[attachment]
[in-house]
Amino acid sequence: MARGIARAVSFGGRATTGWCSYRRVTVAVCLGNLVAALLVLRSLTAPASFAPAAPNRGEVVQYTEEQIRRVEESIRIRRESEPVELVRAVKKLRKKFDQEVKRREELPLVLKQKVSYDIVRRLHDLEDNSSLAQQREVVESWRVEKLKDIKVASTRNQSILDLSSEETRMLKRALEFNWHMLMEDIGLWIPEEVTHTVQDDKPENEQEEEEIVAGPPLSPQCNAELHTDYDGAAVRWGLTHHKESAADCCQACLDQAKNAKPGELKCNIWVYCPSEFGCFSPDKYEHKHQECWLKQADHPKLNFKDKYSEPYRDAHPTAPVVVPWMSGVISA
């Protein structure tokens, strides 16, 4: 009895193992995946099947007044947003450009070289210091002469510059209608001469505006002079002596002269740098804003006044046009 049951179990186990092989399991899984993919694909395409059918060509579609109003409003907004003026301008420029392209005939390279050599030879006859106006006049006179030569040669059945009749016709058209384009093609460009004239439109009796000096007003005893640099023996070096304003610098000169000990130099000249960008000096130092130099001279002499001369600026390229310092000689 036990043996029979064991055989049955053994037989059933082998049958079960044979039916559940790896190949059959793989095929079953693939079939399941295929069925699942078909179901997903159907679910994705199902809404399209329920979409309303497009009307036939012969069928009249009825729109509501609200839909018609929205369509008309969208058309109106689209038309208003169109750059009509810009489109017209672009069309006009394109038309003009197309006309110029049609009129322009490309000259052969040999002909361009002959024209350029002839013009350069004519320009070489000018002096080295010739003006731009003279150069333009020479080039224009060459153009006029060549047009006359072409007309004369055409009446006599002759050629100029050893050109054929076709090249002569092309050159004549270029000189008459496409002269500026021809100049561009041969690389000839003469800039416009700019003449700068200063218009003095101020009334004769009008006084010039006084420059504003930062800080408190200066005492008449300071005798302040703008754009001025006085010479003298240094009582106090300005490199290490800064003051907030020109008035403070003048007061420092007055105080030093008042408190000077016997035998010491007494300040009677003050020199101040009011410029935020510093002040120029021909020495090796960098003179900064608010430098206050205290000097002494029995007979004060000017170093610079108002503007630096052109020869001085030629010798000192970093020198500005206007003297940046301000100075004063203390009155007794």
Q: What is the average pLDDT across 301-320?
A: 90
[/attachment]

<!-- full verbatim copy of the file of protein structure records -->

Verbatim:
[in-house]
Amino acid sequence: MARGIARAVSFGGRATTGWCSYRRVTVAVCLGNLVAALLVLRSLTAPASFAPAAPNRGEVVQYTEEQIRRVEESIRIRRESEPVELVRAVKKLRKKFDQEVKRREELPLVLKQKVSYDIVRRLHDLEDNSSLAQQREVVESWRVEKLKDIKVASTRNQSILDLSSEETRMLKRALEFNWHMLMEDIGLWIPEEVTHTVQDDKPENEQEEEEIVAGPPLSPQCNAELHTDYDGAAVRWGLTHHKESAADCCQACLDQAKNAKPGELKCNIWVYCPSEFGCFSPDKYEHKHQECWLKQADHPKLNFKDKYSEPYRDAHPTAPVVVPWMSGVISA
């Protein structure tokens, strides 16, 4: 009895193992995946099947007044947003450009070289210091002469510059209608001469505006002079002596002269740098804003006044046009 049951179990186990092989399991899984993919694909395409059918060509579609109003409003907004003026301008420029392209005939390279050599030879006859106006006049006179030569040669059945009749016709058209384009093609460009004239439109009796000096007003005893640099023996070096304003610098000169000990130099000249960008000096130092130099001279002499001369600026390229310092000689 036990043996029979064991055989049955053994037989059933082998049958079960044979039916559940790896190949059959793989095929079953693939079939399941295929069925699942078909179901997903159907679910994705199902809404399209329920979409309303497009009307036939012969069928009249009825729109509501609200839909018609929205369509008309969208058309109106689209038309208003169109750059009509810009489109017209672009069309006009394109038309003009197309006309110029049609009129322009490309000259052969040999002909361009002959024209350029002839013009350069004519320009070489000018002096080295010739003006731009003279150069333009020479080039224009060459153009006029060549047009006359072409007309004369055409009446006599002759050629100029050893050109054929076709090249002569092309050159004549270029000189008459496409002269500026021809100049561009041969690389000839003469800039416009700019003449700068200063218009003095101020009334004769009008006084010039006084420059504003930062800080408190200066005492008449300071005798302040703008754009001025006085010479003298240094009582106090300005490199290490800064003051907030020109008035403070003048007061420092007055105080030093008042408190000077016997035998010491007494300040009677003050020199101040009011410029935020510093002040120029021909020495090796960098003179900064608010430098206050205290000097002494029995007979004060000017170093610079108002503007630096052109020869001085030629010798000192970093020198500005206007003297940046301000100075004063203390009155007794």
Q: What is the average pLDDT across 301-320?
A: 90